Browser compatability is an issue at the moment but if you code according to the standards (i.e. correct doctype) eventually your code will become more compatible as browsers improve. Therefore making your site future-proof as opposed to past-proof with tables.

    CSS is a bit harder to grasp at the start, but also remember there is nothing worse than trying to update a site that has deeply nested tables. With CSS you update one file and can change the look of the whole site. In fact you can build in a variety of styles and browsers such as Mozilla will let the user choose which style sheet they require.

    Well they are just a few of my thoughts but I'm sure that bodies such as W3C wouldn't advise not to use tables for layout if there were no good reason. After all the W3C was founded by Tim Berners Lee who has been credited with creating the world wide web, so I think he has some idea.

    Paul

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    I think I will eventually have to go to start using CSS more and perhaps eventually replace all the tables (I'd really like not to have to deal with tables).
    But for now I think I'm gonna stick with the tables a couple of reasons:

    - My page is split into files, so the header(top part of hte page) is loaded from one file for all pages (so if I change the header once, it is changed on the entire site). This is similar to having one stylesheet as far as ease of maintenance.
    - There are still some inconsistencies between the broswers (i.e. you can see some differences in the example that I showed between Netscape and IE)
    - I need to get a lot more familiar with CSS so I can be able to fully utilize it.

    Regardless, I will have to start using more CSS because as you mentioned there are many benefits that it brings, but I will probably wait until the browsers provide better support (especially the older ones).

    BTW, how do you center CSS on a page? For instance if I want an area of 600px in the middle of the screen (regardles of the screen size). I've only seen ways to center text but not an entire area.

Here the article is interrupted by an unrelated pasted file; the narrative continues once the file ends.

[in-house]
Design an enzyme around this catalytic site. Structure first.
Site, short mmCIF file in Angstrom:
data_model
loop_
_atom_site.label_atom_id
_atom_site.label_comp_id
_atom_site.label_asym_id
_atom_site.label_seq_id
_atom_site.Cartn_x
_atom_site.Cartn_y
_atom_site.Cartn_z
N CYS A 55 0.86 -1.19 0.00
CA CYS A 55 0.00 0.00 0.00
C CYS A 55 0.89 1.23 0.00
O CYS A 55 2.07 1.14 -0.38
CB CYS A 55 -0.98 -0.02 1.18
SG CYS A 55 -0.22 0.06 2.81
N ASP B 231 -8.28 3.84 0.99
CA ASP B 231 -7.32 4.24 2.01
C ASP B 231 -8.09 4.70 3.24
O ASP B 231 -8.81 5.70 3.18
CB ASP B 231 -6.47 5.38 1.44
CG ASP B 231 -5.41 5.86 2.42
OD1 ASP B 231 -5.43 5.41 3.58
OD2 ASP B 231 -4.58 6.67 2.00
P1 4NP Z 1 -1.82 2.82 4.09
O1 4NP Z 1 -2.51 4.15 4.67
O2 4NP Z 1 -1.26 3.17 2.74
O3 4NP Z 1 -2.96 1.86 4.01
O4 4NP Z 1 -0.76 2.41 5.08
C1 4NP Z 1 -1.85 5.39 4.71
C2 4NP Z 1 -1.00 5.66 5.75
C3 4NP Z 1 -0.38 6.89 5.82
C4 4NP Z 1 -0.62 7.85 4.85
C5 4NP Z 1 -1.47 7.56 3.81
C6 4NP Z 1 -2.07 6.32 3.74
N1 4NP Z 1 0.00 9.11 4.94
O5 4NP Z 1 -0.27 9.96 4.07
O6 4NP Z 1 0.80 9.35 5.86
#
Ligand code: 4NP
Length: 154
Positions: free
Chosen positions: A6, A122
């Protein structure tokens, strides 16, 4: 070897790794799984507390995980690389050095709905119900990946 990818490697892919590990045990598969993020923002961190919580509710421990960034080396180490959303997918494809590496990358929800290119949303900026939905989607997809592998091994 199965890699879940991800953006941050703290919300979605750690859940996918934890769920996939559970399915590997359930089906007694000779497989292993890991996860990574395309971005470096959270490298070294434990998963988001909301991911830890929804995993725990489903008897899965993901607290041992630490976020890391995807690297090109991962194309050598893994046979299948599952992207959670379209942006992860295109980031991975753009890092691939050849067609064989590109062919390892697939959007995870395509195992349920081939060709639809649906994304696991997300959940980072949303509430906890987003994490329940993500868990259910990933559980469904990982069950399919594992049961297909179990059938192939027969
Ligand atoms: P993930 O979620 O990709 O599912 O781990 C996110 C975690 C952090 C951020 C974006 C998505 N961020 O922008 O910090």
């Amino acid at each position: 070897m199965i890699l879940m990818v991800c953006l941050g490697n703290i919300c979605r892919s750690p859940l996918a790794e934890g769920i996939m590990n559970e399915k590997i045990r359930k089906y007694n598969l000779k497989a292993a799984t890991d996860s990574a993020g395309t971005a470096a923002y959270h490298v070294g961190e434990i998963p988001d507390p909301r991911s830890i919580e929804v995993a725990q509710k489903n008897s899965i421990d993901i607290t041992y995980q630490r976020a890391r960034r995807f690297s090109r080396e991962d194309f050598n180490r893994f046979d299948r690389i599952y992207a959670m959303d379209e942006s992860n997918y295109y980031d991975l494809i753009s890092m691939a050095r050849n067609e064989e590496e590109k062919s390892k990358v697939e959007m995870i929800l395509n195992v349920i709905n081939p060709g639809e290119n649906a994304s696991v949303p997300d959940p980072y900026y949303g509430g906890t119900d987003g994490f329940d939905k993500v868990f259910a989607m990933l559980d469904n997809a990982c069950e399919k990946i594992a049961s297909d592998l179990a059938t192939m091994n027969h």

5. #5
    SitePoint Guru quenting's Avatar
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    about centering, use a container with text-align:center.
    you have a nice example here of a static width centered layout.

    Quentin

  6. #6
    SitePoint Guru quenting's Avatar
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    by the way, what kind of differences do you have between browsers for this layout ? maybe we can help .

    Quentin

  7. #7
    ☆★☆★ silver trophy vgarcia's Avatar
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    Originally posted by testmonkey
    I think I will eventually have to go to start using CSS more and perhaps eventually replace all the tables (I'd really like not to have to deal with tables).
    But for now I think I'm gonna stick with the tables a couple of reasons:

    - My page is split into files, so the header(top part of hte page) is loaded from one file for all pages (so if I change the header once, it is changed on the entire site). This is similar to having one stylesheet as far as ease of maintenance.
    You can still use a include file with DIVs. I use them on my XHTML site for the header, footer and navigation and it works just like tables, only MUCH easier to maintain.

    - There are still some inconsistencies between the broswers (i.e. you can see some differences in the example that I showed between Netscape and IE)
    Yes there are some inconsistencies with regards to how browsers will render your markup (esp. with IE's box model problem), but let me ask you this: how many hacks and workarounds have to had to write to make your site design consistent in IE and Netscape? Probably a lot, with a lot of non-standard features/markup.

    I also think you're not getting the point of XHTML. The point is to allow for flexible designs, not a pixel-perfect layout. If that's what you want then by all means stick with HTML 4.0 and don't bother with XHTML for the site you're trying to redesign.

    If/when you redo your site in XHTML, keep in mind that your markup doesn't HAVE to be pixel-perfect, and that other devices besides visual browsers on computers can look at your page.

    - I need to get a lot more familiar with CSS so I can be able to fully utilize it.